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**= 4 Mechanical advantage (MA) is…**

… the factor by which a machine multiplies the force applied to it. … the force amplifying effectiveness of a simple machine. … the ratio of load to effort. … the ratio of the force exerted by a machine (the output) to the force exerted to the machine (the input). In the example: = 4

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**Winput > Woutput Winput = Woutput**

FRAGILE mb = 280 kg L = 1692 N F = 686,7 N mm = 70 kg MA = 4 1. Do simple machines multiply energy? No, simple machines do not multiplying energy but force. 2. What’s the relationship between the input energy and the output work of an actual machine? Why? The input energy of an actual machine is always bigger than its output work. The reason is that in actual machines there is always a loss of energy due to friction. The efficiency is not 100%. Winput > Woutput 3. What’s the relationship between the input energy and the output work of an ideal machine? Why? The input energy of an ideal machine is equal to its output work. The reason is that in ideal machines there is no loss of energy due to friction. The efficiency is 100%. Winput = Woutput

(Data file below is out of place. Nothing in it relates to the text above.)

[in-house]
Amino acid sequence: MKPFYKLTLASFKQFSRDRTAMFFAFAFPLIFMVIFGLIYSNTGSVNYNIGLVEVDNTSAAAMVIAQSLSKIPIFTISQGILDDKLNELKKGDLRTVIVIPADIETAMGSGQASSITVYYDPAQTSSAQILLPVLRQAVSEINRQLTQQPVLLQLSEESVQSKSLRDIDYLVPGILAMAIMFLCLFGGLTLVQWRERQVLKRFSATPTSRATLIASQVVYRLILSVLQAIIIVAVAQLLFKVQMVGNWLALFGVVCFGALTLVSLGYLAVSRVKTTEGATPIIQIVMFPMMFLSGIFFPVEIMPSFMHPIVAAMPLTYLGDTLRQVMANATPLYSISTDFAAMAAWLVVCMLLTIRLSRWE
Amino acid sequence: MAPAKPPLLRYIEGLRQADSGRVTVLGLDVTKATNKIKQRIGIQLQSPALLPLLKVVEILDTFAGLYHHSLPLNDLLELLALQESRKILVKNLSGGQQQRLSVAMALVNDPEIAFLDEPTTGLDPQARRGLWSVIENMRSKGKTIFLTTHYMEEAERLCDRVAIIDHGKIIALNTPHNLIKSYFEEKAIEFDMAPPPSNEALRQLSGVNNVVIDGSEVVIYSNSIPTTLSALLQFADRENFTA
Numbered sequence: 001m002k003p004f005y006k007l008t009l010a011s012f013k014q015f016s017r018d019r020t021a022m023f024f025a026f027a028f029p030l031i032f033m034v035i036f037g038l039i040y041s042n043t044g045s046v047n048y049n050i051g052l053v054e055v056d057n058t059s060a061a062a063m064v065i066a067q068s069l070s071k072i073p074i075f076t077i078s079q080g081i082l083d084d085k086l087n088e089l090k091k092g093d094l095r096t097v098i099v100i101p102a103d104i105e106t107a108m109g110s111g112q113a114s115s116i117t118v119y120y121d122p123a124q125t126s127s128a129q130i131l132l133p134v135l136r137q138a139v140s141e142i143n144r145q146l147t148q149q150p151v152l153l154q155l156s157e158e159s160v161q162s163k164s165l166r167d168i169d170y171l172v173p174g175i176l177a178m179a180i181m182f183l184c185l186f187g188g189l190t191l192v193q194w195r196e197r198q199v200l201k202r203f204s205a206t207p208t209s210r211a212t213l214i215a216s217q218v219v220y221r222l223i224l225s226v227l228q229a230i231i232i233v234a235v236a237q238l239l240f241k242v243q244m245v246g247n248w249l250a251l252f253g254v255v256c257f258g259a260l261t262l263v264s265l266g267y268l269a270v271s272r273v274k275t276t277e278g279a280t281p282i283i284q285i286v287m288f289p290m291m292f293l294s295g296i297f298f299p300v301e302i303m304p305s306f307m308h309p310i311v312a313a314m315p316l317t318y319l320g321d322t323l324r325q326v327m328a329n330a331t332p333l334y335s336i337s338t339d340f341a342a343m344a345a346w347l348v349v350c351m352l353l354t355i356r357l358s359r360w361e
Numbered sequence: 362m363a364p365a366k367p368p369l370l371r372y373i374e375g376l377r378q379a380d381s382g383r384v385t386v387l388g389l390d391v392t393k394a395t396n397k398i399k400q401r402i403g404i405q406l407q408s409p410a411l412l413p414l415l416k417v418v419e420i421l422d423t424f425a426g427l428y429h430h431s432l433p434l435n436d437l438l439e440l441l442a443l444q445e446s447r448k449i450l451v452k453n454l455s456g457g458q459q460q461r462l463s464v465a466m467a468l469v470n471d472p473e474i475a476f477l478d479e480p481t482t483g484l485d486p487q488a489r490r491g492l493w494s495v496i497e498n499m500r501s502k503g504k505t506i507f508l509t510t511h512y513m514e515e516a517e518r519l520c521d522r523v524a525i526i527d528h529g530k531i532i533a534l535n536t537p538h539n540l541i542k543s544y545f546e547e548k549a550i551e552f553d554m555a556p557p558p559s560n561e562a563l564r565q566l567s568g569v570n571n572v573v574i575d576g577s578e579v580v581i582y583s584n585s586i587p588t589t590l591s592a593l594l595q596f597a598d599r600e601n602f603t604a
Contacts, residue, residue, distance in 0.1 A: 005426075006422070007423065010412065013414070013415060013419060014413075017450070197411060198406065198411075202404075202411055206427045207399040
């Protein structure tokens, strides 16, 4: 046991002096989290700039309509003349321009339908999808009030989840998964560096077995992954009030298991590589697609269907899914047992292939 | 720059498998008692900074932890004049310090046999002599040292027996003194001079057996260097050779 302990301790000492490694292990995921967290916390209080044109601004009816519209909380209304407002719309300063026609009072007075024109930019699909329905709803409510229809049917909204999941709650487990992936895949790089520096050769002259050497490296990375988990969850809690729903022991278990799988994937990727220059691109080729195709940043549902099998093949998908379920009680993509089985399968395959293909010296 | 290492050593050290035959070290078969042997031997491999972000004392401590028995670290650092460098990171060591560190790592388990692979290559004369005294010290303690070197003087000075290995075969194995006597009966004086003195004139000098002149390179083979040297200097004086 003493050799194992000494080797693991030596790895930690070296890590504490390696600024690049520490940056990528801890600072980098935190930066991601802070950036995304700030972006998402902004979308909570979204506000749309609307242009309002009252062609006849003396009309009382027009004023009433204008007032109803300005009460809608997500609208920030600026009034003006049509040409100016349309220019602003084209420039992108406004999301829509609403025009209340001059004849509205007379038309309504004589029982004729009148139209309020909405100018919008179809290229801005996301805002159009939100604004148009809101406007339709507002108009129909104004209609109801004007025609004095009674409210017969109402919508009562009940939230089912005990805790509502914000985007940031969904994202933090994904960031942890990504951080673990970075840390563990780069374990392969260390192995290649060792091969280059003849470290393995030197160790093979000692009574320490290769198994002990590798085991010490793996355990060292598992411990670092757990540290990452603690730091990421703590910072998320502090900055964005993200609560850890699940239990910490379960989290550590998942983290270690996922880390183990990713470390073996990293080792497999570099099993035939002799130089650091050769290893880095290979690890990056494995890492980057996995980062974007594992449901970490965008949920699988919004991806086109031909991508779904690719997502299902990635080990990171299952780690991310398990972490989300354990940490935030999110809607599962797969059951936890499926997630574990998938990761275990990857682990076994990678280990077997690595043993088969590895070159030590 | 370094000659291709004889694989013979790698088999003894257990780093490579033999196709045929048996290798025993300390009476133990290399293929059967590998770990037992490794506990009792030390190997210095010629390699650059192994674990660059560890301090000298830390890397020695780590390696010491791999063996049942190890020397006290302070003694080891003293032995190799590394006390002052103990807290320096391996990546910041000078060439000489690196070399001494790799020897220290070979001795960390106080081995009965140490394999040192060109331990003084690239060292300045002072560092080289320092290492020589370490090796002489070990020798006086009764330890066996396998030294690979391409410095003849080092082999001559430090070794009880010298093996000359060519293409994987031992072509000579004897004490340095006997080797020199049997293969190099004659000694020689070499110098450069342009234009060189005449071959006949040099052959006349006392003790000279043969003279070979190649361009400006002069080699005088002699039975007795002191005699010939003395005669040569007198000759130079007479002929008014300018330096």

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**4. What principle related to energy do simple machines violate? Why?**

None because no energy is created by simple machines. They just multiply force. The conservation of energy principle cannot be violated. Winput = Woutput 5. What’s the cost of making less force with a simple machine to get the same energy? To get the same energy with less force you have to apply the force over a longer distance. In the example, to move the box a short distance (db), the man had to move the other part of the lever a long distance (dm). db dm

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**5. How can we get the mechanical advantage formula?**

By applying the conservation of energy principle. The ratio of distances is equal to the ratio of forces. We call that ratio mechanical advantage.

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Chapter 12 – Work and Machines